Nor Gyank -- Rural Armenians Benefit from Wheat Project
July 13, 2005
Nor Gyank, Province of Shirak, Armenia — As darkness fell on the fields surrounding Nor Gyank, a village near Artik in northern Armenia, local farmers and agronomists from the Yerevan office of the Armenian Technology Group (ATG) worked feverishly to complete preparations for planting a promising variety of wheat new to the Armenian countryside. With rain impending, workers removed the seed left in the planter from the previous planting, using flashlights and the headlights from two Niva jeeps to aid in their work. Seeding rates were set, and the planting began.
The work in Nor Gyank is part of the continuing effort by ATG professionals to strengthen the economy of rural Armenia by making farmers competitive in today’s marketplace. To ensure the success of this program, ATG established the Seed Producers Support Association (SPSA). In the program, SPSA growers produce high quality first-generation seed and guarantee Armenian farmers access.
Gagik Mkrtchyan, executive director of SPSA, believes Armenian agriculture should take into consideration market demands, especially in new wheat and grain varieties. “In Nor Gyank, we planted one-half hectare of a new wheat variety we obtained from CIMMYT, an organization that develops new varieties of wheat and studies how they grow in various climates,” he said. “It is one of the most promising new varieties I’ve seen. The harvests are high, and it makes great lavash.”
The variety, brought to Armenia in a very small quantity in 1998 by ATG US agronomists cooperation with CIMMYT, and after several years of adaptation process, has been officially registered in Armenia as ATGF 35-16. “Last fall, we planted this variety in experimental plots all over Armenia,” Mkrtchyan said. “In high elevations, like here in Nor Artik, ATGF 35-16 grows fast, and seems to be frost-resistant. We have high hopes for this variety.”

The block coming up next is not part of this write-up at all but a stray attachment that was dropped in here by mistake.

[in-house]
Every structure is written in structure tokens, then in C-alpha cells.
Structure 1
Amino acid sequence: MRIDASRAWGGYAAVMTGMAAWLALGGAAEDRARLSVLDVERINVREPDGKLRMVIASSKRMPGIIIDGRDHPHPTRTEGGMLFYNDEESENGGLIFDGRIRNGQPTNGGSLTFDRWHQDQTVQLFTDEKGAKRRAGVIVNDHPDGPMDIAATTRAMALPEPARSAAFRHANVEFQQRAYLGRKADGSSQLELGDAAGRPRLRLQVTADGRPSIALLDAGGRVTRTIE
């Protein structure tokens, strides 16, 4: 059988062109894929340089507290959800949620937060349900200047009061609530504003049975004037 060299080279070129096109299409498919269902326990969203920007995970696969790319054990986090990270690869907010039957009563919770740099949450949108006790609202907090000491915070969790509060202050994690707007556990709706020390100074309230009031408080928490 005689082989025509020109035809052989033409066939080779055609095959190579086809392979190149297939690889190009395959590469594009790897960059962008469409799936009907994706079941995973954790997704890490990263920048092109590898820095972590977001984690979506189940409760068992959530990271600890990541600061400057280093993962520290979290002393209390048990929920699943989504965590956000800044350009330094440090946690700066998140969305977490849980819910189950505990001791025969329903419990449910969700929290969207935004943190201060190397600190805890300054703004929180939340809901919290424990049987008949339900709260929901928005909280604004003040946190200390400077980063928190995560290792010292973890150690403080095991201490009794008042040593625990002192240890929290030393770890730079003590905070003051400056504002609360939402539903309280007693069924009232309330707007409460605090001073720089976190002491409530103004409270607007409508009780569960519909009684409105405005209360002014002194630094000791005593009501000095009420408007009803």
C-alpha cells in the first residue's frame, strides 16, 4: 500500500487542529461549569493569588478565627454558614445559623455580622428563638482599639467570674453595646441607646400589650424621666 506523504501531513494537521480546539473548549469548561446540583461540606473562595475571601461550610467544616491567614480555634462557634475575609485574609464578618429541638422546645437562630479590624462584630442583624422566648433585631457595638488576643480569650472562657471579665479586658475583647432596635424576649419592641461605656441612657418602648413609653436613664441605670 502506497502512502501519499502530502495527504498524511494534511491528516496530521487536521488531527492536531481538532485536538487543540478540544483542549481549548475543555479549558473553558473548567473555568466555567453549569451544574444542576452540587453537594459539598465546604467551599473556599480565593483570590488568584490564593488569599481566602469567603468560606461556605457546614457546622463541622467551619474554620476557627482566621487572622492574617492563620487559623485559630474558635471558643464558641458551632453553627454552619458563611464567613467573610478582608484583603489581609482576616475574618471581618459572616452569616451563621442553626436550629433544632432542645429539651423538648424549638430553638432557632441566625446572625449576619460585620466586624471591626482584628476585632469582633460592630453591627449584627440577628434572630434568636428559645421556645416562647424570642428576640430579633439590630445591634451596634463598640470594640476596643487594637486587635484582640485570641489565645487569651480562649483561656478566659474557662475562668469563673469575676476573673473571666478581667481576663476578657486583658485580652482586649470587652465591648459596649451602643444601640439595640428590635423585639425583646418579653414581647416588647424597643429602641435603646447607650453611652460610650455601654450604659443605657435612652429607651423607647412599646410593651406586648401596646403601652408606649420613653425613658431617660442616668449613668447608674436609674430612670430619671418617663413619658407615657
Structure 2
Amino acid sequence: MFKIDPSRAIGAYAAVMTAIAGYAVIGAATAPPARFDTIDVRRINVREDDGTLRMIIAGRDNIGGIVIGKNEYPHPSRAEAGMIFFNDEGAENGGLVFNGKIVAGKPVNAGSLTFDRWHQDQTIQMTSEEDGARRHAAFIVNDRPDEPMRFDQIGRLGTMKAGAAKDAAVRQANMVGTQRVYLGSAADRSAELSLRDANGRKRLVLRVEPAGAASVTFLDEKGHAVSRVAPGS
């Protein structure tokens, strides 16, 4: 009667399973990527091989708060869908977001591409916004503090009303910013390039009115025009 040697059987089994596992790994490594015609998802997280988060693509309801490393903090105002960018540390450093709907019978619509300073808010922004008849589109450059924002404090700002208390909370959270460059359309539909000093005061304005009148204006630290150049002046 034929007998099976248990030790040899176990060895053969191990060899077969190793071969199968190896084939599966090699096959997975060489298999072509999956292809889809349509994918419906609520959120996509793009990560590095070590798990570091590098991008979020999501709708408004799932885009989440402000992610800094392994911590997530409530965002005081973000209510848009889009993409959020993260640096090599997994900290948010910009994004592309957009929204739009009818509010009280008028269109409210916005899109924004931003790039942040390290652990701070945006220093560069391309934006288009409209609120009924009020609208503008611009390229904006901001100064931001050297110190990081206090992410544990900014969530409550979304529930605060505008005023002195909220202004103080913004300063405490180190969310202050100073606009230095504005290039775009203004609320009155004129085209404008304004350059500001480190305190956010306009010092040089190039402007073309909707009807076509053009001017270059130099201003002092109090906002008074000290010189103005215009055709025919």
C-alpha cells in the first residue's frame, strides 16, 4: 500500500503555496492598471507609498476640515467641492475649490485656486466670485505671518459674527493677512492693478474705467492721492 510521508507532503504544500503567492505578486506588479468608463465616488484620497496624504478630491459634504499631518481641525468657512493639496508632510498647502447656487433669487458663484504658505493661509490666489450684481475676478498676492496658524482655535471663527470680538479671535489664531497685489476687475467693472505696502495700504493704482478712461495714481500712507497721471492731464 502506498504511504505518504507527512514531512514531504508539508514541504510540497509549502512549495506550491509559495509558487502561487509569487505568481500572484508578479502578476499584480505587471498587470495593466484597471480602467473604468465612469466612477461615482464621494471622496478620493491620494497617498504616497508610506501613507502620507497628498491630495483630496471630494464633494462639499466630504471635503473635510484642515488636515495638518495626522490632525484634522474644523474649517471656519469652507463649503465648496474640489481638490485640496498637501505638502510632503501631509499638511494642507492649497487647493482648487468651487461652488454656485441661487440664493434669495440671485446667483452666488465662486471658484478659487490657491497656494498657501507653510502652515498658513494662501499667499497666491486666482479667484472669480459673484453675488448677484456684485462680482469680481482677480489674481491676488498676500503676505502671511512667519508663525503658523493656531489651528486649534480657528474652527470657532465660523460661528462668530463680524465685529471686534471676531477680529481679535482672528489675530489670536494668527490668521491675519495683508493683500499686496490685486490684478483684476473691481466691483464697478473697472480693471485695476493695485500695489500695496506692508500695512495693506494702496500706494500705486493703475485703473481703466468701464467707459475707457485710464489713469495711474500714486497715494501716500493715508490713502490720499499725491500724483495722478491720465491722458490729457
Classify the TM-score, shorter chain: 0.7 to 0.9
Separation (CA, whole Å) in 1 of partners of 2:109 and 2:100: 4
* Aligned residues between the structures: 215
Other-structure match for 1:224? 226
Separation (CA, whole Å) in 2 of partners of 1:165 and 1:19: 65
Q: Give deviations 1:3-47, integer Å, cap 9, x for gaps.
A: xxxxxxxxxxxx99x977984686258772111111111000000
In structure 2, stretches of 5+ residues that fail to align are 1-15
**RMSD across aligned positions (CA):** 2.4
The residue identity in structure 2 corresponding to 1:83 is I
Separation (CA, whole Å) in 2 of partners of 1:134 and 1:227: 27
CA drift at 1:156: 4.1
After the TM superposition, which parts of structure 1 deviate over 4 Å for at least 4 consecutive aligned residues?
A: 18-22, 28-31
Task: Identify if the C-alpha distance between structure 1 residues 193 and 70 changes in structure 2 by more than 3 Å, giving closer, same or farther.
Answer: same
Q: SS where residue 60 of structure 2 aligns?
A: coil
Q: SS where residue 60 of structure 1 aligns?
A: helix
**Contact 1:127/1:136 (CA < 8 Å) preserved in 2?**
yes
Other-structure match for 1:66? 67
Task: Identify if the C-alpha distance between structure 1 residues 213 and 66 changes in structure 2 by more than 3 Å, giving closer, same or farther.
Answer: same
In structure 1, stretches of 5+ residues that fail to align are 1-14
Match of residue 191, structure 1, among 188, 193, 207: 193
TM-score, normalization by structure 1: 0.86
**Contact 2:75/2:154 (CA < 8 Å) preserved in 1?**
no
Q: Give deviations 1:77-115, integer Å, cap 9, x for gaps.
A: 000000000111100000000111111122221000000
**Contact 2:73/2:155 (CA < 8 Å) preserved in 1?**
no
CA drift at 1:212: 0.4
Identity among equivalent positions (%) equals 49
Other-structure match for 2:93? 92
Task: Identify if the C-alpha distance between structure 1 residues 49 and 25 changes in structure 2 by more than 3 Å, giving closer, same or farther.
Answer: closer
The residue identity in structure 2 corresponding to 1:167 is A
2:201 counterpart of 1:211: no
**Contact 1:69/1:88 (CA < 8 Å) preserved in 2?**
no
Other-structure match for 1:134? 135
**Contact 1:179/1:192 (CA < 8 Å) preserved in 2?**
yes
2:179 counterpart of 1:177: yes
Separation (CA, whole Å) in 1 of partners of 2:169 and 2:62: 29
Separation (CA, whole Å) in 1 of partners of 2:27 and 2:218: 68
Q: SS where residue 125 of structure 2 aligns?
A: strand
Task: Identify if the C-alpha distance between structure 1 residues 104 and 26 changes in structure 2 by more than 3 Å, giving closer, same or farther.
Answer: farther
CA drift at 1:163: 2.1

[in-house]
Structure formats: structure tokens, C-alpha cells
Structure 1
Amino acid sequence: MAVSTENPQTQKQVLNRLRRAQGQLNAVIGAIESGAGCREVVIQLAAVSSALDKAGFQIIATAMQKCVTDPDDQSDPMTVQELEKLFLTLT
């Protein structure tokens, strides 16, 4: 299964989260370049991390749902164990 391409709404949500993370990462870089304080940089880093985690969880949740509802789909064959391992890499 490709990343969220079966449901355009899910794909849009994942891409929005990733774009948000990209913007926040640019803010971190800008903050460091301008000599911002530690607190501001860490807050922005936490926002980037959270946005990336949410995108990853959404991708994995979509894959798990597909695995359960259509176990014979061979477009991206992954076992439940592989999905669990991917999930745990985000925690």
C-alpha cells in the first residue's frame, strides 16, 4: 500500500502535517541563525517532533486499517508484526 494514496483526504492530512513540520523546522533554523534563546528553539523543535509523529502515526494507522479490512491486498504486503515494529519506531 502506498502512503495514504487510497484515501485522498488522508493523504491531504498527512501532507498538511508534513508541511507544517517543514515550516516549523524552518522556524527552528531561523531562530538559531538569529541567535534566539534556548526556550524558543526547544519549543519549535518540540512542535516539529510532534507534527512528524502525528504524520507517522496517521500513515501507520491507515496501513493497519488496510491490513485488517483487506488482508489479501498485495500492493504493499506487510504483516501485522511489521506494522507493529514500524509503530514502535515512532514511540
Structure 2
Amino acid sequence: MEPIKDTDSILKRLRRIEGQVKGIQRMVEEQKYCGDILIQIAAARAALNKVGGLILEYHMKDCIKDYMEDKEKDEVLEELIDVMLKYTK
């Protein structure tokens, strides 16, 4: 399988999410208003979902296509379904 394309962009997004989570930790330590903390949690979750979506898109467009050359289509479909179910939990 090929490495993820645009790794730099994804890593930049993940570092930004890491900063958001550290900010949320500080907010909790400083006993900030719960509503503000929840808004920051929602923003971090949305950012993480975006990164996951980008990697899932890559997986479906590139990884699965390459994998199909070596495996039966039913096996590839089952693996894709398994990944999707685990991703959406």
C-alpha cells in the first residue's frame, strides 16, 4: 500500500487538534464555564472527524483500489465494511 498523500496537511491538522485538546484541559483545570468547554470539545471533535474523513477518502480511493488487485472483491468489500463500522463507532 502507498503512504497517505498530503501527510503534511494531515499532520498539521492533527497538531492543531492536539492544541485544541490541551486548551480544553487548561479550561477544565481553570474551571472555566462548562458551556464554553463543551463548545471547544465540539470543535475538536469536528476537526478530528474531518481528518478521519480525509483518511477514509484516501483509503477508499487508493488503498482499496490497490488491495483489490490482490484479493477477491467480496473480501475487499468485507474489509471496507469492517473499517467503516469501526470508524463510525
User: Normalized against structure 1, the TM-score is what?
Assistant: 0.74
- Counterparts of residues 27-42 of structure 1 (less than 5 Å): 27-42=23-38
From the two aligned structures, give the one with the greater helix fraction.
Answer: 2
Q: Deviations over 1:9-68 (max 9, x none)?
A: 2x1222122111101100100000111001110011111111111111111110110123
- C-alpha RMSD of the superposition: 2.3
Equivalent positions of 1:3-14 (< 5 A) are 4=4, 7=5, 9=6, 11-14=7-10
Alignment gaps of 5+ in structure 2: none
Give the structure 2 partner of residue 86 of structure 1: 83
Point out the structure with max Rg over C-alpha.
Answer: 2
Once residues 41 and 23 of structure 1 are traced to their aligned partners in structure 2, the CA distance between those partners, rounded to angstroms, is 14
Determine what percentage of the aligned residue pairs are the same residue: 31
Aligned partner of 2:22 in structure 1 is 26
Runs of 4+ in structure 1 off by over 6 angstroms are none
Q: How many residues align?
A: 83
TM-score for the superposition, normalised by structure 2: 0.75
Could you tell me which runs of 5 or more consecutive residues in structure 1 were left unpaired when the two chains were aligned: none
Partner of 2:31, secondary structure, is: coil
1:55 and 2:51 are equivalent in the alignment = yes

Developed in Sonora, Mexico, ATGF 35-16 can be sown in both autumn and spring. “Demand for the variety made it necessary to multiply the seed, so we can make it available to SPSA growers and eventually to wheat farmers throughout Armenia,” Mkrtchyan explained. “We are grateful that Nor Gyank farmer Araik Sukiasyan, whom we have worked with since 1994, set aside this plot for our project. The land was in perfect condition. This will help us reach our goals in seed multiplication of ATGF 35-16.”
Experimental plots test new varieties
In the 2004 fall planting season, SPSA agronomists planted 24 varieties of wheat and barley in19 experimental plots in wheat-producing regions across Armenia. Some varieties were planted twice, to study the relationship between the timing of sowing and the resistance to frost. After assessing each variety, those that prove successful will be planted on 1,000- square-meter plots for further testing and seed multiplication.
On April 14, the day of the sowing in Nor Gyank, Mkrtchyan, Armen Asatryan, and Vaghinak Karmrastyan of SPSA planted varieties of spring wheat and barley in experimental plots in Garnoot, Voghchi, and Meghrashen, villages in the Shirak region. “We planted three varieties of barley and three of wheat,” Karmrastyan said. “Besides ATGF 35-16, we planted two new varieties of wheat, Shirak 1 and Shirak 2. It is important to offer our farmers the best selection of spring wheat and barley, to help them stay competitive in the Armenian marketplace.”
That night in Nor Gyank, as the sowing began, Gagik Mkrtchyan and Vaghinak Karmrastyan rode on the planter to check the seeding rates and make sure the seed was spreading evenly. Satisfied, the men jumped down, and the tractor disappeared into the dark night. A light rain began to fall. “The rain is perfect,” Mkrtchyan said. “The seed will sprout better, more evenly. And if we hadn’t planted tonight, the field would have been too wet, and we would have lost several days.”
Mkrtchyan’s satisfaction and pride were evident. “Working together, using the best varieties and most up-to-date technology, we can help provide our farmers the means to support their families. In turn, this will strengthen the agricultural sector in the remote, outlying regions of our country.”
For more information about how you can help Armenia’s farmers, contact the ATG office at (559) 224-1000 or by e-mail (firstname.lastname@example.org). Tax-deductible donations can be sent to ATG; 1300 E. Shaw, Suite 149; P.O.Box 5969; Fresno, CA 93755-5969.
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